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Senate Introduces Act to Ensure Protections Against Elder Abuse and to Better Protect Those Living with Alzheimer’s in Long-Term Care Settings

Senate Introduces Act to Ensure Protections Against Elder Abuse and to Better Protect Those Living with Alzheimer’s in Long-Term Care Settings
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July 2, 2020
Email: media@alz.org
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WASHINGTON, D.C., July 2, 2020 — The Alzheimer's Association and the Alzheimer's Impact Movement (AIM) are praising the inclusion of the Association-led Promoting Alzheimer’s Awareness to Prevent Elder Abuse Act (S. 3703/H.R. 6813) and key elements from our COVID-related policy recommendations for long-term care communities in the newly-introduced Emergency Support for Nursing Homes and Elder Justice Reform Act of 2020 by Senator Chuck Grassley (R-Iowa), Chairman of the Senate Finance Committee.

The introduction of this legislation is well-timed to assist long-term care communities who have been braving battles against the current public health crisis. To further protect those who are particularly vulnerable to COVID-19, the Act will increase resources to investigate elder abuse and neglect, and also ensure that personnel will receive specialized training on how to interact with witnesses in elder abuse cases who have dementia. And, especially critical during the current pandemic, the Act calls for personal protective equipment (PPE) and COVID-19 testing in long-term care settings, while also ensuring emergency funding for statewide or regional strike teams that can promptly respond to COVID–19-related crises in nursing homes that are overwhelmed by the pandemic, and proposes measures to reduce the negative impacts of social isolation.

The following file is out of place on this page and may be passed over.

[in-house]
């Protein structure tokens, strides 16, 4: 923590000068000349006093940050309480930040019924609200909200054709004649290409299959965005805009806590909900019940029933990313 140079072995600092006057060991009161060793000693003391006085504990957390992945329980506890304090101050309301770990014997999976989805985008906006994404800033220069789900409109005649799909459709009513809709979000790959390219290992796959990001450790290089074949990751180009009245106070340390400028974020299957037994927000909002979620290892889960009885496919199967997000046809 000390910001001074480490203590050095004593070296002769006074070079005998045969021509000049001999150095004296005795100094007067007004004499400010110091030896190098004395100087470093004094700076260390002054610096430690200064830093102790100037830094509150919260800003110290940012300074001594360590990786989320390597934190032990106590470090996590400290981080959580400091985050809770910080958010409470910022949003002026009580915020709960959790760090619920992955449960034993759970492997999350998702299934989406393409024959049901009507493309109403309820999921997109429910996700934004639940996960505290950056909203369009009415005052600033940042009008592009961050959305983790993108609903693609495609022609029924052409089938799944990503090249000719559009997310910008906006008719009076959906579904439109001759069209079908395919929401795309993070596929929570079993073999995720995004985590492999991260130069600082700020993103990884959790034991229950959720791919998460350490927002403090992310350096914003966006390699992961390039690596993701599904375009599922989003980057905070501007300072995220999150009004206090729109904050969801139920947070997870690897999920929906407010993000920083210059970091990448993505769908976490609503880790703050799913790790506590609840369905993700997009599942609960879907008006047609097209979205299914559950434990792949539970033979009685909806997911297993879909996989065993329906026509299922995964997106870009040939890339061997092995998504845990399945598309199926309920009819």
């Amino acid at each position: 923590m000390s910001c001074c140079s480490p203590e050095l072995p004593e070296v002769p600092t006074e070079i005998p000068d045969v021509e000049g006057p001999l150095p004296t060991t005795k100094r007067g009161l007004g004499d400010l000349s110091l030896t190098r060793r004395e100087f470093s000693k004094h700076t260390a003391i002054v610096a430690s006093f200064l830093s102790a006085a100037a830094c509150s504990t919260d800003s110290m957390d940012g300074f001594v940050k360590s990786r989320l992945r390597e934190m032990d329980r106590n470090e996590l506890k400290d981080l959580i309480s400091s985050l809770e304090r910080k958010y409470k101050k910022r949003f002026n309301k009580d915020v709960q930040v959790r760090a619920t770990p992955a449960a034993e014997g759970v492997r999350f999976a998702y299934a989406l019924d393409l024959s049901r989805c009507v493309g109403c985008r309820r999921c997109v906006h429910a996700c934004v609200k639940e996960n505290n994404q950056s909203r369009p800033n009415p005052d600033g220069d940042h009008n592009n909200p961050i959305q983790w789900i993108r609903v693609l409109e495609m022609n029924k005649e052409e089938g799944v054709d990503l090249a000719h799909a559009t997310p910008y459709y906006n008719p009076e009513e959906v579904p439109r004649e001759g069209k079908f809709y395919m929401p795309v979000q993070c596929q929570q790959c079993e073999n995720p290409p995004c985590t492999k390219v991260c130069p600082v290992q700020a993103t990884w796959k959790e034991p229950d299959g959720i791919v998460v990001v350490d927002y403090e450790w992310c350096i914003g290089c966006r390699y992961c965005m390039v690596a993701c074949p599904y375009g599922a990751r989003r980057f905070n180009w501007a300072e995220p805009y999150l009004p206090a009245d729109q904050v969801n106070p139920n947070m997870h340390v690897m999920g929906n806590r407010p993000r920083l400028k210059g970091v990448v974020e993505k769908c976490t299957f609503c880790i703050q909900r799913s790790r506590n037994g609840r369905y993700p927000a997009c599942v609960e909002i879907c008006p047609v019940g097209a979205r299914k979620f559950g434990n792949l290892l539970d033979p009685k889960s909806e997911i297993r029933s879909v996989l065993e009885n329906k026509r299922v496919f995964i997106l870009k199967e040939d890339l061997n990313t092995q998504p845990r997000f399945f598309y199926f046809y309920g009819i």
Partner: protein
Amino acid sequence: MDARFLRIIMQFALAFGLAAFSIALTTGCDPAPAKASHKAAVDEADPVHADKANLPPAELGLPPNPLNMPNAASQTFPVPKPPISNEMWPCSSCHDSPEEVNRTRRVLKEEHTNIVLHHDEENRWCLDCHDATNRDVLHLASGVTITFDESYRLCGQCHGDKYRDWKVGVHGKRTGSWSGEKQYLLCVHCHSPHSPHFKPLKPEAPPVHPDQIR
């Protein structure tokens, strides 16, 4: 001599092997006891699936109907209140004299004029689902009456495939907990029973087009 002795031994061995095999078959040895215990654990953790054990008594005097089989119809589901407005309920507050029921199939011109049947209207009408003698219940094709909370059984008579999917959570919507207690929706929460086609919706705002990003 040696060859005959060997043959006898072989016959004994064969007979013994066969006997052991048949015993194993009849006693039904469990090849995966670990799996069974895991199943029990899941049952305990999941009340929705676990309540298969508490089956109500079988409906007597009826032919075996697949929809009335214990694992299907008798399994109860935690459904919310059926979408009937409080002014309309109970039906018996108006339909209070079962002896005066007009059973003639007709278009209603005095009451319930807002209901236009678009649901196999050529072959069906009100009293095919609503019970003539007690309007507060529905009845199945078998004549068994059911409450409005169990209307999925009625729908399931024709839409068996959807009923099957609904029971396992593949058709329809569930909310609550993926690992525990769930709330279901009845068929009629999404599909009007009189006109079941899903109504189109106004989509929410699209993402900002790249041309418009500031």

It is monumental for families and individuals who have personally been affected by Alzheimer’s and other dementia to have the Promoting Alzheimer’s Awareness to Prevent Elder Abuse Act included. People living with dementia are at a heightened risk for experiencing elder abuse, and sadly, professionals who deal with elder abuse, such as police and emergency personnel, often have little knowledge about working with people who have dementia. To combat this, the Alzheimer’s Association and AIM have worked with bipartisan Congressional leaders to require the Department of Justice to develop training materials to assist professionals supporting victims of abuse living with Alzheimer’s and other dementia. Dementia-specific training materials for these professionals will help protect those in long-term care from elder abuse.

“On behalf of the Alzheimer’s Association and the Alzheimer’s Impact Movement (AIM), I’d like to thank Chairman Grassley for his leadership and timeliness in including the Promoting Alzheimer’s Awareness to Prevent Elder Abuse Act and critical components of our long-term care policy recommendations with the reauthorization,” said Robert Egge, Alzheimer's Association chief public policy officer and AIM executive director. “This crucial legislation will help safeguard millions of Americans living with Alzheimer’s and other dementia from elder abuse, and it will further protect those most vulnerable to COVID-19.”
 

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